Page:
beebeereads | Feb 20, 2017 |
Good not greatest. Story from pre-civil war, alternating chapters with a story from today. What is wrong with me that I enjoyed the contemporary story more? ( )
  cherybear | Feb 10, 2017 |
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Epigraph
Dedication
To Daddio, Curtis McCoy, the best role model of courage, faith, and loving fatherhood
First words
The old house on Apple Hill Lane shuddered against the weighty snow that burdened its pitch.
Quotations
Restraint was as powerful as action in the business of secrecy.
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(Click to show. Warning: May contain spoilers.)
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Amazon.com Product Description (ISBN 0385348908, Hardcover)

When Sarah Brown, daughter of abolitionist John Brown, realizes that her artistic talents may be able to help save the lives of slaves fleeing north, she becomes one of the Underground Railroad’s leading mapmakers, taking her cues from the slave code quilts and hiding her maps within her paintings. She boldly embraces this calling after being told the shocking news that she can’t bear children, but as the country steers toward bloody civil war, Sarah faces difficult sacrifices that could put all she loves in peril.
   Eden, a modern woman desperate to conceive a child with her husband, moves to an old house in the suburbs and discovers a porcelain head hidden in the root cellar—the remains of an Underground Railroad doll with an extraordinary past of secret messages, danger and deliverance.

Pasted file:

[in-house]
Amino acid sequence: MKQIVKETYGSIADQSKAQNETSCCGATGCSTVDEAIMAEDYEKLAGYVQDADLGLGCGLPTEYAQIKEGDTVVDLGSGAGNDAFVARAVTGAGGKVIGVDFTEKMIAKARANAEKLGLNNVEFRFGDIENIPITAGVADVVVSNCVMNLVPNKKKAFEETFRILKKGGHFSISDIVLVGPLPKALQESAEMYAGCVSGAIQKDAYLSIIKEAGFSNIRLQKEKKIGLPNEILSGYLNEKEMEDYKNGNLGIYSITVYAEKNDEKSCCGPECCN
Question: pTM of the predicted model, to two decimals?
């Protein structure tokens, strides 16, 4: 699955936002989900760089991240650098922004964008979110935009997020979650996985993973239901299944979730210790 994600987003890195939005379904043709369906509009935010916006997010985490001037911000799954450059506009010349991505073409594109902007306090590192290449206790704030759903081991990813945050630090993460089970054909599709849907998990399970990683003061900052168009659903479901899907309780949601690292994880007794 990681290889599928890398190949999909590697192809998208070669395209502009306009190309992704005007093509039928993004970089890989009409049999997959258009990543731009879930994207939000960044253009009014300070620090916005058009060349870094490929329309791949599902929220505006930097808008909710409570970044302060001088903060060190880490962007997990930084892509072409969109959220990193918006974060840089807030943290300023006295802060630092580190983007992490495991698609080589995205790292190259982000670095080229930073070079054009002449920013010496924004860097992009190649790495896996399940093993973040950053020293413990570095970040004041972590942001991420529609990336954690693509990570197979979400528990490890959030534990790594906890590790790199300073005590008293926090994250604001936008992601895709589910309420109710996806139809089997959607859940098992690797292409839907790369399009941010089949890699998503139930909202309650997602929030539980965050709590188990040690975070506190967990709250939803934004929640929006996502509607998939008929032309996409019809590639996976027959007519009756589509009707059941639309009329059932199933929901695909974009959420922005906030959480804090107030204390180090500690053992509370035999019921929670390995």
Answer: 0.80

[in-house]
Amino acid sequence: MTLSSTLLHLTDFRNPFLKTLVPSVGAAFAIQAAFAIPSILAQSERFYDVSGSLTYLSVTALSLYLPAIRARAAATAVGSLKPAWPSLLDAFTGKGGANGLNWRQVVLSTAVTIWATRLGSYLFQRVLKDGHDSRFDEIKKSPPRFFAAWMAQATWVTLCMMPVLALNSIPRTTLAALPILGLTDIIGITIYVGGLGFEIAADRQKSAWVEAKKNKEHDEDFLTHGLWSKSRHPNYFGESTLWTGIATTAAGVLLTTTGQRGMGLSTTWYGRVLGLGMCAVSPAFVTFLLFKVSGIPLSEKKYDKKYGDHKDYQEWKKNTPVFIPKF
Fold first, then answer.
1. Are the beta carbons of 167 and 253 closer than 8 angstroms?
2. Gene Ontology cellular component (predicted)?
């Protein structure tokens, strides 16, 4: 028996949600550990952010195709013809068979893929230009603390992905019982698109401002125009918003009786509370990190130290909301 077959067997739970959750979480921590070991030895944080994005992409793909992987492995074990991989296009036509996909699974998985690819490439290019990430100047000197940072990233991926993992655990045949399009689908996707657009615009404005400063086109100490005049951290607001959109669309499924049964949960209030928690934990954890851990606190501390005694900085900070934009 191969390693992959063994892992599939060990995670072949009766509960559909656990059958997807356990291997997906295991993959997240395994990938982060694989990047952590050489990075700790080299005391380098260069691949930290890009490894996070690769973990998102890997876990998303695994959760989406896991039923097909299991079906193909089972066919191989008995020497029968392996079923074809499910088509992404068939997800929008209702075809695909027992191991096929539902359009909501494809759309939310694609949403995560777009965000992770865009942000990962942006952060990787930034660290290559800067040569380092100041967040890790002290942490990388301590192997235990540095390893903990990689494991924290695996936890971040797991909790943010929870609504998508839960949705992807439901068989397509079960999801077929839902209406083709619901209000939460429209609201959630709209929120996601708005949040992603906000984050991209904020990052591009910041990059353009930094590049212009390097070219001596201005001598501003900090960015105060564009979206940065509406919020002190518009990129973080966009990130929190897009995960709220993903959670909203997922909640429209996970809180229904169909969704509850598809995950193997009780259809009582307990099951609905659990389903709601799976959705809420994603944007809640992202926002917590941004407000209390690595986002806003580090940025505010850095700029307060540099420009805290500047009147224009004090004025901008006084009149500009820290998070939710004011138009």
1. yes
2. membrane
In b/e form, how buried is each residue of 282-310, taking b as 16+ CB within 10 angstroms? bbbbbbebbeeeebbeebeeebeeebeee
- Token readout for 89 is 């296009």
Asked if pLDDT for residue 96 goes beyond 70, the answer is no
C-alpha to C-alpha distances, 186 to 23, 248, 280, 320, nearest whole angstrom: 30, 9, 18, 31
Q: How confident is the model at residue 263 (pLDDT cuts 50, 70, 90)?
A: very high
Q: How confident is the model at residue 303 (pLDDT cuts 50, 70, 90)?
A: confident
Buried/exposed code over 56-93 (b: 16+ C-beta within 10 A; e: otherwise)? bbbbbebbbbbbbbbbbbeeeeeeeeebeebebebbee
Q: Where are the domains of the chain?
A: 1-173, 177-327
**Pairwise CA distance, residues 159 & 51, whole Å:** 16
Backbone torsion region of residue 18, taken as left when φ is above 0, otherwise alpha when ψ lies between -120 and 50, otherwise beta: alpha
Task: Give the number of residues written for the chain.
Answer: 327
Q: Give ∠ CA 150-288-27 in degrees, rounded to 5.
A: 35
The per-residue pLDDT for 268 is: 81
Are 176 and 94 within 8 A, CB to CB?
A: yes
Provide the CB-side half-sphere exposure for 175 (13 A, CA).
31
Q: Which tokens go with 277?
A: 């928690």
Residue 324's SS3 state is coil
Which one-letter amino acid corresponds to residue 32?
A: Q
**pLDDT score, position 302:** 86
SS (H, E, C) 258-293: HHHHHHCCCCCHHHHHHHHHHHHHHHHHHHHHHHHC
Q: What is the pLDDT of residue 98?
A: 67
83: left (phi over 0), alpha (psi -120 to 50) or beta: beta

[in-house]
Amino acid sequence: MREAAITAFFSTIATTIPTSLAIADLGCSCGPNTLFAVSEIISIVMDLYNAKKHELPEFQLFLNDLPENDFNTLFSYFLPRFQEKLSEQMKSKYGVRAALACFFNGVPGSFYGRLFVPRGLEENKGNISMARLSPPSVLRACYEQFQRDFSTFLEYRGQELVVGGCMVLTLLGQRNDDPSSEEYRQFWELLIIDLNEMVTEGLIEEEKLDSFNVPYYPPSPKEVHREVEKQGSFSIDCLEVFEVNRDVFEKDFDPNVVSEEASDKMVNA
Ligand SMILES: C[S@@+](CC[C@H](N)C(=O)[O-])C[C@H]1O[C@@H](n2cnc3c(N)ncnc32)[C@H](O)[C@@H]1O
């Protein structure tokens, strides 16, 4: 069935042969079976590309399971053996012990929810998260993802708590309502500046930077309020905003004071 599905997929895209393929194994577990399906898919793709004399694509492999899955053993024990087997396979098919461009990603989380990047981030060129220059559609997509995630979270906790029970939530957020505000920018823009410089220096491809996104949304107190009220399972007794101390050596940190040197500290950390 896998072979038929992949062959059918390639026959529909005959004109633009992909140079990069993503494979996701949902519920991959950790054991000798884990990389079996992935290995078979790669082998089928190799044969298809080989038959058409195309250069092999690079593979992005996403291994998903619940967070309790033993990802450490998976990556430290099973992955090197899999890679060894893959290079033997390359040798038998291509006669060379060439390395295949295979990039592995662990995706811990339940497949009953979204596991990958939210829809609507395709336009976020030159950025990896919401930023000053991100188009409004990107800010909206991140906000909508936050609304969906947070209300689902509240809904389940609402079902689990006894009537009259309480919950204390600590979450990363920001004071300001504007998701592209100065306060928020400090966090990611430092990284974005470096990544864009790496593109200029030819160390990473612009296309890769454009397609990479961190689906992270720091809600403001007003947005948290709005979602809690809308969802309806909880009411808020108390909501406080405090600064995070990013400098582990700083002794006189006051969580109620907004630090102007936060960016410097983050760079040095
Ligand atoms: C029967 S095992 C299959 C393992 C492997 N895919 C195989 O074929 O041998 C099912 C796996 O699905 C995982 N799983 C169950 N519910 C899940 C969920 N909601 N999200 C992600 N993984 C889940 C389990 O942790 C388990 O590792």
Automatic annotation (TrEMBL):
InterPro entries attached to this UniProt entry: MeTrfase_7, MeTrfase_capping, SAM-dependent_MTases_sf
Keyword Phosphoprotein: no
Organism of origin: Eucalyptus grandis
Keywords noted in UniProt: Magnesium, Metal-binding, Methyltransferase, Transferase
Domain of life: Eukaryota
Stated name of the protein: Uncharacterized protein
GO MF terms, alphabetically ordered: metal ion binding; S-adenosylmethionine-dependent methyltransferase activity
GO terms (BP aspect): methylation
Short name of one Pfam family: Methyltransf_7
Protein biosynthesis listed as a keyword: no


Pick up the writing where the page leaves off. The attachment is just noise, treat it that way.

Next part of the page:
Ingeniously plotted to a riveting end, Sarah and Eden’s woven lives connect the past to the present, forcing each of them to define courage, family, love, and legacy in a new way.

(retrieved from Amazon Thu, 12 Mar 2015 18:01:42 -0400)

"The Mapmaker's Children is the story of Sarah Brown, the vibrant, talented daughter of abolitionist John Brown. Her conventional life trajectory is dynamically changed when she's told the shocking news that she can't bear children and stumbles into her father's work on the Underground Railroad. Realizing that her artistic talents may be able to help save the lives of slaves fleeing north, she becomes one of the movement's leading mapmakers. Since many runaways are unable to read and cannot carry obvious maps demarcating safe houses, Sarah takes her cues from the slave code quilts of her abolitionist colleagues, hiding her maps within her paintings. But joining the mission makes her a target for the same bigotry and hatred that led to the execution of her father and is steering the country toward a bloody civil war. Interwoven with Sarah's adventure is the present-day story of Eden, a modern woman desperate to conceive a child with her husband, who moves to an old house in the suburbs of Washington, D.C. and discovers a porcelain head hidden in the root cellar--the remains of an Underground Railroad doll with an extraordinary past of secret messages, danger and deliverance. Sarah and Eden's connection bridges the past and present, forcing each of them to define courage, family, love and legacy in a new way"--… (more)